- An expert panel advising the Food and Drug Administration has thrown its support behind a new antibiotic aimed at treating two kinds of infection.
- In a 17-1 vote, the Antimicrobials Drug Advisory Committee recommended approval of Paratek Pharmaceuticals' omadacycline for acute bacterial skin and skin structure infections (ABSSSI). It also recommended the drug gain approval for community-acquired bacterial pneumonia (CABP) in a 14-4 vote.
- The drug is a tetracycline that Paratek tweaked so it can handle tetracycline-resistant microbes. The drug is available in both oral and intravenous formulations, and in Phase 3 testing showed a similar safety and efficacy profile to linezolid and moxifloxacin in treating ABSSSI and CABP, respectively.
The FDA isn't required to follow advisory committee suggestions, but it usually does. The chances of that happening are even more likely for omadacycline, given how intent the agency is on getting new antibiotics to market.
Fueling that fire are antibiotic-resistant microbial infections that kill about 23,000 people in the U.S. every year, according to the Centers for Disease Control and Prevention. Just last month, FDA head Scott Gottlieb said the agency is trying to better incentivize antibiotic drug development, including implementing a new infectious disease classification offering certain drugs fast track and priority review designations, as well as five additional years of exclusivity.
"Despite the growing incidence of these resistant strains of bacteria, there has unfortunately been an overall decline in antibiotic drug research driven largely by the significant obstacles to developing innovations in this category. This is especially true when it comes to developing new antibiotics that work through novel mechanisms that can evade existing patterns of resistance," Gottlieb said.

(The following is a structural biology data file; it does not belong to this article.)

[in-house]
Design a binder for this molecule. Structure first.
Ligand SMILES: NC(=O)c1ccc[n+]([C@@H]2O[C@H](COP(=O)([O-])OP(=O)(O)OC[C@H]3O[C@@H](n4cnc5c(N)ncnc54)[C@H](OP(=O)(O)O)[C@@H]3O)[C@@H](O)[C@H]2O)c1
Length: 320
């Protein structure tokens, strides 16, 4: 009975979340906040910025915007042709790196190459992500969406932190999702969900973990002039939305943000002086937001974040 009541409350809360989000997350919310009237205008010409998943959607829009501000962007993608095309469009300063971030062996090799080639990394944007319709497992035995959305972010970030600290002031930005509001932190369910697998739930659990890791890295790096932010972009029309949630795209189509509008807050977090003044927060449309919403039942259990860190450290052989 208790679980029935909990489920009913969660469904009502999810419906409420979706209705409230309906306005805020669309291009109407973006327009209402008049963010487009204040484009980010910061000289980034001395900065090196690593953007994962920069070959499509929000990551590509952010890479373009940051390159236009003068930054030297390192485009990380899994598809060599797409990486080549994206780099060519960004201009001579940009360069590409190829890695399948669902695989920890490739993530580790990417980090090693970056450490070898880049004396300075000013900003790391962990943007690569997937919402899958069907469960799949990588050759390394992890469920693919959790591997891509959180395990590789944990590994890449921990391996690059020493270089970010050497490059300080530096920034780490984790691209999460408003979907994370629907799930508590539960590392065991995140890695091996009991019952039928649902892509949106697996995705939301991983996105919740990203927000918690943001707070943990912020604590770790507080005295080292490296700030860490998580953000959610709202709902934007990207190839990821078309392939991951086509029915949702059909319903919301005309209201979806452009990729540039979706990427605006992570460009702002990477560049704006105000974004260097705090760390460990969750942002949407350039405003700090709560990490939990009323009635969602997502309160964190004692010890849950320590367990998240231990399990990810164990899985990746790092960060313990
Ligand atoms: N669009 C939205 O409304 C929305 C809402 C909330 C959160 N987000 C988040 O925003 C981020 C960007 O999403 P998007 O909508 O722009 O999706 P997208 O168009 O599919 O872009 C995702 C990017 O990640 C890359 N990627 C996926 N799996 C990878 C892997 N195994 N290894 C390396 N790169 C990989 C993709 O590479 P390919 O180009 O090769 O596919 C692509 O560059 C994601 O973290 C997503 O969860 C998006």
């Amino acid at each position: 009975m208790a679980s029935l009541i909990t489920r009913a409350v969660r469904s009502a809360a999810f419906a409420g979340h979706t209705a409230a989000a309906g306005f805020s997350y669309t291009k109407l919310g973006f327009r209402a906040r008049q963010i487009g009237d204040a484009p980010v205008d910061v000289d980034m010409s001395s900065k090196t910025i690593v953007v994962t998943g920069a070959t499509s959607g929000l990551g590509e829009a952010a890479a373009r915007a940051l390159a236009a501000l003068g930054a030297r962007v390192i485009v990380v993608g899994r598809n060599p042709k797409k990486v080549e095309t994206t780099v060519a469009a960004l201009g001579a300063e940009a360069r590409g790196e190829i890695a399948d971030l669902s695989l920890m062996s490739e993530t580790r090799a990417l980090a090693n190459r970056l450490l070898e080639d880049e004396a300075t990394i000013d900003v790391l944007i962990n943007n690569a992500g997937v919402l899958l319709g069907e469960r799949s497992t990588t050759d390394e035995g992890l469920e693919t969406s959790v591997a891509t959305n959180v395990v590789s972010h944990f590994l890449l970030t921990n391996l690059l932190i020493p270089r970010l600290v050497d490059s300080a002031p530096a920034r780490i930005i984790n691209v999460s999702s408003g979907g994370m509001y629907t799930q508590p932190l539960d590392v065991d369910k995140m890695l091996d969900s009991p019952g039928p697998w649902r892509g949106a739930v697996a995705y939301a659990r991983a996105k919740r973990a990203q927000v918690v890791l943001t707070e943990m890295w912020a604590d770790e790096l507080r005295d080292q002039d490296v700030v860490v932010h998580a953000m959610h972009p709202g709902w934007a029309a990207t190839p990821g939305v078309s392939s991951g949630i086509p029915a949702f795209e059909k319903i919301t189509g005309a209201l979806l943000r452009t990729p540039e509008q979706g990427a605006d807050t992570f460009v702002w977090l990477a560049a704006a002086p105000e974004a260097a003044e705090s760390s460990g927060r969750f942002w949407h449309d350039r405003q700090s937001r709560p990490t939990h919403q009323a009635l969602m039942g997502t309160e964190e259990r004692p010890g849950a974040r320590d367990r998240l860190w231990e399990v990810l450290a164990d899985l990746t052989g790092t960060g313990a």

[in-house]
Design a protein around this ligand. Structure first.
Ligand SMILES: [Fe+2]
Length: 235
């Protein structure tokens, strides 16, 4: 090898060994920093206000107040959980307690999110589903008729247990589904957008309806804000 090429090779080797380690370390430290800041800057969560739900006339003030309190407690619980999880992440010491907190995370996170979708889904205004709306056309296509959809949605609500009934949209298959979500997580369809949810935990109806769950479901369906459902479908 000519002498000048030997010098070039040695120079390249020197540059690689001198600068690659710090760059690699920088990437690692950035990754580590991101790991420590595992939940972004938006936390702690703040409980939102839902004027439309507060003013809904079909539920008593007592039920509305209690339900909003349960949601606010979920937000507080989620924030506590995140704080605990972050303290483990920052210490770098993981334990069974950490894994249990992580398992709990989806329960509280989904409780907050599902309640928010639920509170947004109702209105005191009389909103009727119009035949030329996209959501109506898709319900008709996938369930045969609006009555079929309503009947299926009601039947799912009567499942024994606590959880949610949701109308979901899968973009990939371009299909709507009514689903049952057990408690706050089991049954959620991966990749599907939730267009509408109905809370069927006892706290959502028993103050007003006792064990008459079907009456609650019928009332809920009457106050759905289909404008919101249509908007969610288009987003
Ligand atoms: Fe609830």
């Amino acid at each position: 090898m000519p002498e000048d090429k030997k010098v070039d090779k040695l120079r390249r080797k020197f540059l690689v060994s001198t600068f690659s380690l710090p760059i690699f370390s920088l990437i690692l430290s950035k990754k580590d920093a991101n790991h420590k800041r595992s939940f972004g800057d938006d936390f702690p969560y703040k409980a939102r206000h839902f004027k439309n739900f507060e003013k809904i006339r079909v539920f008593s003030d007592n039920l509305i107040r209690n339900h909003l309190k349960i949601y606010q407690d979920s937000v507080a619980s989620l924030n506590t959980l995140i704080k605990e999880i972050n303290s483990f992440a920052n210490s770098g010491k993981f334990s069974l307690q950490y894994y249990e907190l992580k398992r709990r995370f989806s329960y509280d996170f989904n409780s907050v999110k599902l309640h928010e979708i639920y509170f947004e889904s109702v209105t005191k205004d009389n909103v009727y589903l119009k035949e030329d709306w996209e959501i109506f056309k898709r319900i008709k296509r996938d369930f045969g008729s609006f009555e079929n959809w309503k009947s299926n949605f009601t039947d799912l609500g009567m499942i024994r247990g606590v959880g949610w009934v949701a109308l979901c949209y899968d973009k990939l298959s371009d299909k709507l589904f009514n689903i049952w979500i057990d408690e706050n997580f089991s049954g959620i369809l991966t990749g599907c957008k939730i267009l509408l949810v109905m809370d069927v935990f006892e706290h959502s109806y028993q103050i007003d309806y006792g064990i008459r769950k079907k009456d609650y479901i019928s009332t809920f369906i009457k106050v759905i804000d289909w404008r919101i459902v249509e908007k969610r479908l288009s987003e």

To Gottlieb's point, reports surfaced in July that Novartis was ending antibacterial and antiviral research and eliminating nearly 150 jobs in the process. Allergan, AstraZeneca and The Medicines Co. have also backed away from infectious disease in the past few years.
Paratek, meanwhile, plans to forge ahead with omadacyline and its other asset Seysara (sarecycline). Both are under review at the FDA, and an approval decision for the former should come in early October.
Investment bank Leerink predicts omadacyline sales will reach $500 million by 2023, yet also expects regulators will require a post-marketing study for CABP given that one Phase 3 trial had more patient deaths in the treatment arm than the active comparator.
"The public comments of infectious disease and emergency room doctors at today's meeting reinforce our conviction," Leerink analyst Ami Fadia wrote in an Aug. 8 note. "The small positive move in the stock reflects that a positive Adcom was largely expected."